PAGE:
MassVentures recently announced the recipients of their Acorn Innovation Fund which includes UMass Dartmouth Professor Sukalyan Sengupta (Civil & Environmental Engineering) and Research Engineer Chen-Lu Yang. The UMass Dartmouth research team received $15,000 in seed funding to help test the viability of their “Resource Recovery from Spent Lithium-Ion Batteries” technology with the potential to bring the product to market.
Demand for Lithium-ion batteries has increased exponentially, but the handling of spent Lithium-ion batteries continues to be a major challenge for environmental regulators, engineers, and scientists.
That’s where Sengupta and Chen’s technology comes in.
Their sustainable, closed-loop process recovers high-purity metal precipitates (Lithium, Cobalt, Nickel, and Manganese) from spent Lithium-ion batteries that can be reused as a raw material in the manufacture of new batteries. Recovery is achieved by sequentially and selectively applying organic ligands (molecules or atoms) to the complex metals. The organic ligands are reused over multiple cycles in a zero-waste process. This innovative project recovers the valuable metals at very high purity (>99%) which increased their yield when reused in the manufacture of new batteries.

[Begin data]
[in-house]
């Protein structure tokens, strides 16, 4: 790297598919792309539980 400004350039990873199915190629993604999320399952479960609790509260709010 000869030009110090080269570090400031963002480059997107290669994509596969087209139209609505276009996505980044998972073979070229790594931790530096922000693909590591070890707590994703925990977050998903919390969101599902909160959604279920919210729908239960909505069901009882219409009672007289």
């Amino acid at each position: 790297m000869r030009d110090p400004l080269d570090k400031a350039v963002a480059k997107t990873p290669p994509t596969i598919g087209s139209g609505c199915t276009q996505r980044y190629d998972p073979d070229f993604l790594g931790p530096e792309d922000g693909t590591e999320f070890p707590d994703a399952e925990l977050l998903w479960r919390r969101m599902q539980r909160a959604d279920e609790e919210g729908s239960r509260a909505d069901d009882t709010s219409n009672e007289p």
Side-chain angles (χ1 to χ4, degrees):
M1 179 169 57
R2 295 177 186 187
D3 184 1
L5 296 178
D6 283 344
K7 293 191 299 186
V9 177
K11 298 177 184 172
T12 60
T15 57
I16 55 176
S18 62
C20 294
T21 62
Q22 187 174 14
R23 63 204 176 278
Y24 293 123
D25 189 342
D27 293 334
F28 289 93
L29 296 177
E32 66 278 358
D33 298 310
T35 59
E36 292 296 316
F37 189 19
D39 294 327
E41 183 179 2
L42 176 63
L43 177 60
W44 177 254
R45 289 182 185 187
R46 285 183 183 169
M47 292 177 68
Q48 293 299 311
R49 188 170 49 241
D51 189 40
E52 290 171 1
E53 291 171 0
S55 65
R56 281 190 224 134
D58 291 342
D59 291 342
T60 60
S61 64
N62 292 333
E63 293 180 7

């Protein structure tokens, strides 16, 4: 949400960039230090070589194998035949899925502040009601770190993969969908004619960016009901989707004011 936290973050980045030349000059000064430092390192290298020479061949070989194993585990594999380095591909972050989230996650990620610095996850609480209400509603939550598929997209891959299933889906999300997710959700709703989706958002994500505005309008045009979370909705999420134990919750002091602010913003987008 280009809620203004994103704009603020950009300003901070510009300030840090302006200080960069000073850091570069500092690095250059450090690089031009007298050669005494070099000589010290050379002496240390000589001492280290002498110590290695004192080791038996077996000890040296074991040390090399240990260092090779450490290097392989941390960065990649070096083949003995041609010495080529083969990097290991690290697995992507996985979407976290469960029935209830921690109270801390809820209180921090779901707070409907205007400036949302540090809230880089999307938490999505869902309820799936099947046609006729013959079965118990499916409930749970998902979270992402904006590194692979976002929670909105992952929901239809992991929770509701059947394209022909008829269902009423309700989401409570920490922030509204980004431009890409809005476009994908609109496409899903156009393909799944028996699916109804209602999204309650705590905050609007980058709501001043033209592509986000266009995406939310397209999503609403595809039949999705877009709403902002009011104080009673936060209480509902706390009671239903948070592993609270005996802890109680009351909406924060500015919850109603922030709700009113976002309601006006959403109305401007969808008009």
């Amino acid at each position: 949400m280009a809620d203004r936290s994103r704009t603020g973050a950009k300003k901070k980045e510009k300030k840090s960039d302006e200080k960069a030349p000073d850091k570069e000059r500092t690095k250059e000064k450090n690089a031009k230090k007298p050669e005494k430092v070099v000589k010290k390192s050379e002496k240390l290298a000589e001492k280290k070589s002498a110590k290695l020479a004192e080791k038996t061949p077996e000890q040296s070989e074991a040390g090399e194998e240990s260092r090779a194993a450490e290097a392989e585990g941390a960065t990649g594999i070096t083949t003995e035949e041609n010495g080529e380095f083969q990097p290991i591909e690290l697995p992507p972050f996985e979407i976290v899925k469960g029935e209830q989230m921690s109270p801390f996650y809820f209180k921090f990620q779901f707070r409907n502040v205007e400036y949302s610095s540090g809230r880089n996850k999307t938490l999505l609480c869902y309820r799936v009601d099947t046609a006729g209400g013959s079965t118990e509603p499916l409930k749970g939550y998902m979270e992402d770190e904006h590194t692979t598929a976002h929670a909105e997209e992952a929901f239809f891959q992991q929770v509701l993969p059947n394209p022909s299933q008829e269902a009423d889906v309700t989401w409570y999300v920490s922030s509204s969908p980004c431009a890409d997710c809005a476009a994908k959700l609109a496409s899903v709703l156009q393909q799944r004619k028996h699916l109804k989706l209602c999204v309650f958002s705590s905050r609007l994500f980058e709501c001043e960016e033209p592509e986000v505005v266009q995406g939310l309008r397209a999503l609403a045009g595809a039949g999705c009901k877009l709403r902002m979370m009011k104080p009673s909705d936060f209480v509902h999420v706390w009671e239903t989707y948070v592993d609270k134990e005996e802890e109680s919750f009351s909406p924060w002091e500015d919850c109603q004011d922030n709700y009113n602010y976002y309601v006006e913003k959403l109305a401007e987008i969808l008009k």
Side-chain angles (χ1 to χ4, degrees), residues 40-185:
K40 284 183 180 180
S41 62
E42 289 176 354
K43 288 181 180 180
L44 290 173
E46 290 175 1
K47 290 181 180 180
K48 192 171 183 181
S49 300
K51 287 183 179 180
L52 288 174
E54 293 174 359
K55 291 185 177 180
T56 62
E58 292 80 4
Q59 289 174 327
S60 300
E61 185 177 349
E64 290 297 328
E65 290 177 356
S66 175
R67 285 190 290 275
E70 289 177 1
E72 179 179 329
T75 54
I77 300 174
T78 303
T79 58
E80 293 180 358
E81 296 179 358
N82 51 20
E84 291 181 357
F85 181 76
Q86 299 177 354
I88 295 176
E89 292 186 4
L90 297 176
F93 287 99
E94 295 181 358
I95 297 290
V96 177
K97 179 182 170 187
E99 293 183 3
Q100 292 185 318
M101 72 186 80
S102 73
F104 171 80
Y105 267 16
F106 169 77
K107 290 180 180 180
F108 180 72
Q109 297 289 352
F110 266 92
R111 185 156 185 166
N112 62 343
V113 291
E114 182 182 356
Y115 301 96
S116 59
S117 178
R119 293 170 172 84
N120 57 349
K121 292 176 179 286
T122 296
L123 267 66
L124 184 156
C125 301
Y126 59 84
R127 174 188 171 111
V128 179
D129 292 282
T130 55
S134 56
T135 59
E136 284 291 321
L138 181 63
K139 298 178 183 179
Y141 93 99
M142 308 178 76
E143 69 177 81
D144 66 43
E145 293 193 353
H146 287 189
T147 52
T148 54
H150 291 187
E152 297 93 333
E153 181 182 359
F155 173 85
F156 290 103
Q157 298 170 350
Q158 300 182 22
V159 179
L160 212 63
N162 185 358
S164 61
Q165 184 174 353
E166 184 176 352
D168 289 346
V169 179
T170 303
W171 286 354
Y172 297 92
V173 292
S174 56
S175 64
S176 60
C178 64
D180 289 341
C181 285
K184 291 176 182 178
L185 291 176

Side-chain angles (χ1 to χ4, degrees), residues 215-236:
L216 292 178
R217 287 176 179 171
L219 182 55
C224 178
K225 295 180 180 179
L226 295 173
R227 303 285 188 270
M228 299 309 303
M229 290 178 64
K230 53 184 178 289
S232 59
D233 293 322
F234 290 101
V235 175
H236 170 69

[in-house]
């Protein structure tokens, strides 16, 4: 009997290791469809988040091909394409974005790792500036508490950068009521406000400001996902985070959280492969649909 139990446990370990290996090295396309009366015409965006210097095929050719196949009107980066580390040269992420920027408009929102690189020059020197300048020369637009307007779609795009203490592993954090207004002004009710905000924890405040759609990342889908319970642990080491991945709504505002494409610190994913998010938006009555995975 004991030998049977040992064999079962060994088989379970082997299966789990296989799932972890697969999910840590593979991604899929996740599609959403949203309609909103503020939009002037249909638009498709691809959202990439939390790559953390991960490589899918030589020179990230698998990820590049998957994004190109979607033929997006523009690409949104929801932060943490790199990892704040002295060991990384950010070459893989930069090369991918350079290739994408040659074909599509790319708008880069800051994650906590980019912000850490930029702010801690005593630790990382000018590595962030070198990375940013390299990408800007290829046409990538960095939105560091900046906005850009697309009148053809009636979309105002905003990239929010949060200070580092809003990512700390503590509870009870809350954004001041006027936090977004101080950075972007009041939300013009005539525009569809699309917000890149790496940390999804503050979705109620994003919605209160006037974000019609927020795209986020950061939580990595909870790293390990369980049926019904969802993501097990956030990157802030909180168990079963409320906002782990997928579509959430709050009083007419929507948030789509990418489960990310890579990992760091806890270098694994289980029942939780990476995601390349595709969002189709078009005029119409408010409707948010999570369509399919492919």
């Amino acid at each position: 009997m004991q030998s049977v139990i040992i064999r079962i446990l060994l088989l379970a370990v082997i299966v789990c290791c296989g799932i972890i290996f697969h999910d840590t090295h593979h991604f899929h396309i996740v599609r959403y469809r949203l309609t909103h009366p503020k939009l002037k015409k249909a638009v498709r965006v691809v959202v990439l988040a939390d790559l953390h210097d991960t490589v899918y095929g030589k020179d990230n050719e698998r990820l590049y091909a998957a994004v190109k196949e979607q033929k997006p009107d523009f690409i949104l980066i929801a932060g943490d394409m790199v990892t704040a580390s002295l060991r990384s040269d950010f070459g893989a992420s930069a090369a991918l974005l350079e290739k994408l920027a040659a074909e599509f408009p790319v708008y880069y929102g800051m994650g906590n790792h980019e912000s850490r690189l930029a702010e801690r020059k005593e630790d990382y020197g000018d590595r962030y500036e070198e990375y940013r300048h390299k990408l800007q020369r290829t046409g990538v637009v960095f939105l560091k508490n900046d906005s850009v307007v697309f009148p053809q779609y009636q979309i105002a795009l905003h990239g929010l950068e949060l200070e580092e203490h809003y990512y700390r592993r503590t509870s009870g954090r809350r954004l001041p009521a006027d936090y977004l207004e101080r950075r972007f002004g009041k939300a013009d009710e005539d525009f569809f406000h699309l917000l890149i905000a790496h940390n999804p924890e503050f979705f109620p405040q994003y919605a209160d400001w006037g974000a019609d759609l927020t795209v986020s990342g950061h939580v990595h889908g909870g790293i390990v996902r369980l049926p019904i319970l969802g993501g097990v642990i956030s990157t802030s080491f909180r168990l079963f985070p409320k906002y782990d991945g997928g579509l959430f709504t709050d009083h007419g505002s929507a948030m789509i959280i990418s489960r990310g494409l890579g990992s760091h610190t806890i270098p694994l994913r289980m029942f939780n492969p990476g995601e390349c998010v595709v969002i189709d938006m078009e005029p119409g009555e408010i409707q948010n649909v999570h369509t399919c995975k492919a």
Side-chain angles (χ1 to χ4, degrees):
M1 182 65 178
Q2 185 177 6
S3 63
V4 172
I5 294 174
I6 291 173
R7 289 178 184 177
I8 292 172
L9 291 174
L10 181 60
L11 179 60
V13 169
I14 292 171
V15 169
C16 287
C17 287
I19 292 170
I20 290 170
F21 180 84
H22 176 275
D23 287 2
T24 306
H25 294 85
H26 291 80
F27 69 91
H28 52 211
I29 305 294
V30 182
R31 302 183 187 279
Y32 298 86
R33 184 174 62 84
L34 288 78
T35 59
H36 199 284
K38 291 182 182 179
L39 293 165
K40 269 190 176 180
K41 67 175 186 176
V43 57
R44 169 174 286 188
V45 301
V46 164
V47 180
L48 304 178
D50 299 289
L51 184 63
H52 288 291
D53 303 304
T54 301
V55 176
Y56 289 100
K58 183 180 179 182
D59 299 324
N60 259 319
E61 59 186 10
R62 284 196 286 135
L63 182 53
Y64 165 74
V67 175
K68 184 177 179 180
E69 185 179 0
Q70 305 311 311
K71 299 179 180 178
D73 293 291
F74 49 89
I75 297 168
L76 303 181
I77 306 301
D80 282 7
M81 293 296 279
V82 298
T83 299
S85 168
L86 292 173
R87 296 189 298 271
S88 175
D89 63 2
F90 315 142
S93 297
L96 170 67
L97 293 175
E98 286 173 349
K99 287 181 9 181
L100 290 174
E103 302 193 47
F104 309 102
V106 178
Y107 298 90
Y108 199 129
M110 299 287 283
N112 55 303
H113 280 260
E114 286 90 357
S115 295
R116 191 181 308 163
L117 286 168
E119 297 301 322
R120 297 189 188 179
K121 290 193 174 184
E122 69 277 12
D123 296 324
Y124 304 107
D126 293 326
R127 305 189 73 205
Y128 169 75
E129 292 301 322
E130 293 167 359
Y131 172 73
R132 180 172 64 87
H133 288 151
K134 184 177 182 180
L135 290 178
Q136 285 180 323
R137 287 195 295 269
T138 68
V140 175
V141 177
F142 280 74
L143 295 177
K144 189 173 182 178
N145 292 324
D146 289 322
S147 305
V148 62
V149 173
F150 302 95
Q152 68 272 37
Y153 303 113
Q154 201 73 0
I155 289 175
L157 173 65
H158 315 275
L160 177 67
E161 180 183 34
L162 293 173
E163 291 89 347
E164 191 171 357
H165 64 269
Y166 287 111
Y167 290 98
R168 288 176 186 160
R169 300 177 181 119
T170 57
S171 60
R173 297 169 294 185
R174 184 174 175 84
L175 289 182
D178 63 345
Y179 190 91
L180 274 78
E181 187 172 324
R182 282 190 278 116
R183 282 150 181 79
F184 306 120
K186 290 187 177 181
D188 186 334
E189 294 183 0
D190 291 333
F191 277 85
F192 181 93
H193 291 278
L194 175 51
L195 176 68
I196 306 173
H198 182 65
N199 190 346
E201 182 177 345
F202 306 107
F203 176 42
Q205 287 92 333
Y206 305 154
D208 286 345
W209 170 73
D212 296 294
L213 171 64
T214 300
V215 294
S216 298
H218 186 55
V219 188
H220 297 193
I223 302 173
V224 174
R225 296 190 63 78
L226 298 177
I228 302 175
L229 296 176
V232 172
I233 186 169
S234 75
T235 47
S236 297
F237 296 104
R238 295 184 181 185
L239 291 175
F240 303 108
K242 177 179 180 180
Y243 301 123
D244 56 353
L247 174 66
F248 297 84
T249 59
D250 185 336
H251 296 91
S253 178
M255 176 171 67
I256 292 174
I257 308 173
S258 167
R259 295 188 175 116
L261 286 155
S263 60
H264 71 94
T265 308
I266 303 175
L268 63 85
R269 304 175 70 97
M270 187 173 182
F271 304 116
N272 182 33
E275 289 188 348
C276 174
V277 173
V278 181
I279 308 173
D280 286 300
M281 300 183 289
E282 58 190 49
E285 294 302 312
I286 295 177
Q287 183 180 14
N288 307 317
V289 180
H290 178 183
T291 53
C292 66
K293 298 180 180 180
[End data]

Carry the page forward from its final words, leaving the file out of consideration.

“My research in recovering resources from waste streams and waste materials has produced novel processes for recovery of nitrogen, phosphorus, silver, and heavy metals from contaminated solutions and slurries. This award enables me to expand my research frontier in adding lithium, cobalt, and other precious metals to the collection of recovered elements,” said Professor Sukalyan Sengupta.
“The strength of the selected projects and diversity of academic researchers demonstrates that Massachusetts leads the nation in translating basic research to the market,” said Vinit Nijhawan, managing director of MassVentures in a press release.
MassVentures awarded $195,000 in see funding to faculty researchers from Boston University Medical Center, Northeastern University, Brandeis University, the University of Massachusetts, and Worcester Polytechnic Institute. Projects were chosen based on their technical merit, commercial viability, and project plan.